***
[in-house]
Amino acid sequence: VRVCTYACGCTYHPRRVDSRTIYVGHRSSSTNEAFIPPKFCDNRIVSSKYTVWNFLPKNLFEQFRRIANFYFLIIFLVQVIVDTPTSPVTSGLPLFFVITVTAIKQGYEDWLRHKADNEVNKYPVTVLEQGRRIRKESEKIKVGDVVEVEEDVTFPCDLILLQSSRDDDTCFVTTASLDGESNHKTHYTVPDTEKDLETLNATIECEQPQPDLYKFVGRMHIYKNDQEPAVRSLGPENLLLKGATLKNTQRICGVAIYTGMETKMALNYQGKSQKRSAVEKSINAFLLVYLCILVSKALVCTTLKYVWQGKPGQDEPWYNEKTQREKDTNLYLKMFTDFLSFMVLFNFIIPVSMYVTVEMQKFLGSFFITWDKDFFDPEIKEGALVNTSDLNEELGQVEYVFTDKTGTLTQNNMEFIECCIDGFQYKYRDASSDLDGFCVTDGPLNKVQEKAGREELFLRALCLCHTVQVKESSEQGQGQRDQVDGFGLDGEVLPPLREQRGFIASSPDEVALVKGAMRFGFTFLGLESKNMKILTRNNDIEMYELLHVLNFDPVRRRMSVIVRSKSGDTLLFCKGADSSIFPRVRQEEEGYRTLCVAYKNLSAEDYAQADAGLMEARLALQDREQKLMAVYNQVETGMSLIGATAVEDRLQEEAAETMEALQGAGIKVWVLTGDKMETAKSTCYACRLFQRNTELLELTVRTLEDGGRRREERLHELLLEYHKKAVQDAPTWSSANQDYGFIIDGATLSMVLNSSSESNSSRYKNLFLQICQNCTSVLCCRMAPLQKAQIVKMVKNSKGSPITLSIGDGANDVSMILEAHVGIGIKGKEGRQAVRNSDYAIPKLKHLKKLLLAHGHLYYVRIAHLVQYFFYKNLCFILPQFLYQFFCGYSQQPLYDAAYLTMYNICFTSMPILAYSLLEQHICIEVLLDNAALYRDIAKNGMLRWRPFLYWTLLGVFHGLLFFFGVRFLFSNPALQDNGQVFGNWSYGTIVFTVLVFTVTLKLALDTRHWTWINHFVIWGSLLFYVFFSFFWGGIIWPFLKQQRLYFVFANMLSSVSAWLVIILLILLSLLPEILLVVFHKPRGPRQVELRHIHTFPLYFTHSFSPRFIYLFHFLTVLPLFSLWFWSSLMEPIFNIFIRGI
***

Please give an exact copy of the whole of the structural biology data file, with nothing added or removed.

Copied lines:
[in-house]
Amino acid sequence: VRVCTYACGCTYHPRRVDSRTIYVGHRSSSTNEAFIPPKFCDNRIVSSKYTVWNFLPKNLFEQFRRIANFYFLIIFLVQVIVDTPTSPVTSGLPLFFVITVTAIKQGYEDWLRHKADNEVNKYPVTVLEQGRRIRKESEKIKVGDVVEVEEDVTFPCDLILLQSSRDDDTCFVTTASLDGESNHKTHYTVPDTEKDLETLNATIECEQPQPDLYKFVGRMHIYKNDQEPAVRSLGPENLLLKGATLKNTQRICGVAIYTGMETKMALNYQGKSQKRSAVEKSINAFLLVYLCILVSKALVCTTLKYVWQGKPGQDEPWYNEKTQREKDTNLYLKMFTDFLSFMVLFNFIIPVSMYVTVEMQKFLGSFFITWDKDFFDPEIKEGALVNTSDLNEELGQVEYVFTDKTGTLTQNNMEFIECCIDGFQYKYRDASSDLDGFCVTDGPLNKVQEKAGREELFLRALCLCHTVQVKESSEQGQGQRDQVDGFGLDGEVLPPLREQRGFIASSPDEVALVKGAMRFGFTFLGLESKNMKILTRNNDIEMYELLHVLNFDPVRRRMSVIVRSKSGDTLLFCKGADSSIFPRVRQEEEGYRTLCVAYKNLSAEDYAQADAGLMEARLALQDREQKLMAVYNQVETGMSLIGATAVEDRLQEEAAETMEALQGAGIKVWVLTGDKMETAKSTCYACRLFQRNTELLELTVRTLEDGGRRREERLHELLLEYHKKAVQDAPTWSSANQDYGFIIDGATLSMVLNSSSESNSSRYKNLFLQICQNCTSVLCCRMAPLQKAQIVKMVKNSKGSPITLSIGDGANDVSMILEAHVGIGIKGKEGRQAVRNSDYAIPKLKHLKKLLLAHGHLYYVRIAHLVQYFFYKNLCFILPQFLYQFFCGYSQQPLYDAAYLTMYNICFTSMPILAYSLLEQHICIEVLLDNAALYRDIAKNGMLRWRPFLYWTLLGVFHGLLFFFGVRFLFSNPALQDNGQVFGNWSYGTIVFTVLVFTVTLKLALDTRHWTWINHFVIWGSLLFYVFFSFFWGGIIWPFLKQQRLYFVFANMLSSVSAWLVIILLILLSLLPEILLVVFHKPRGPRQVELRHIHTFPLYFTHSFSPRFIYLFHFLTVLPLFSLWFWSSLMEPIFNIFIRGI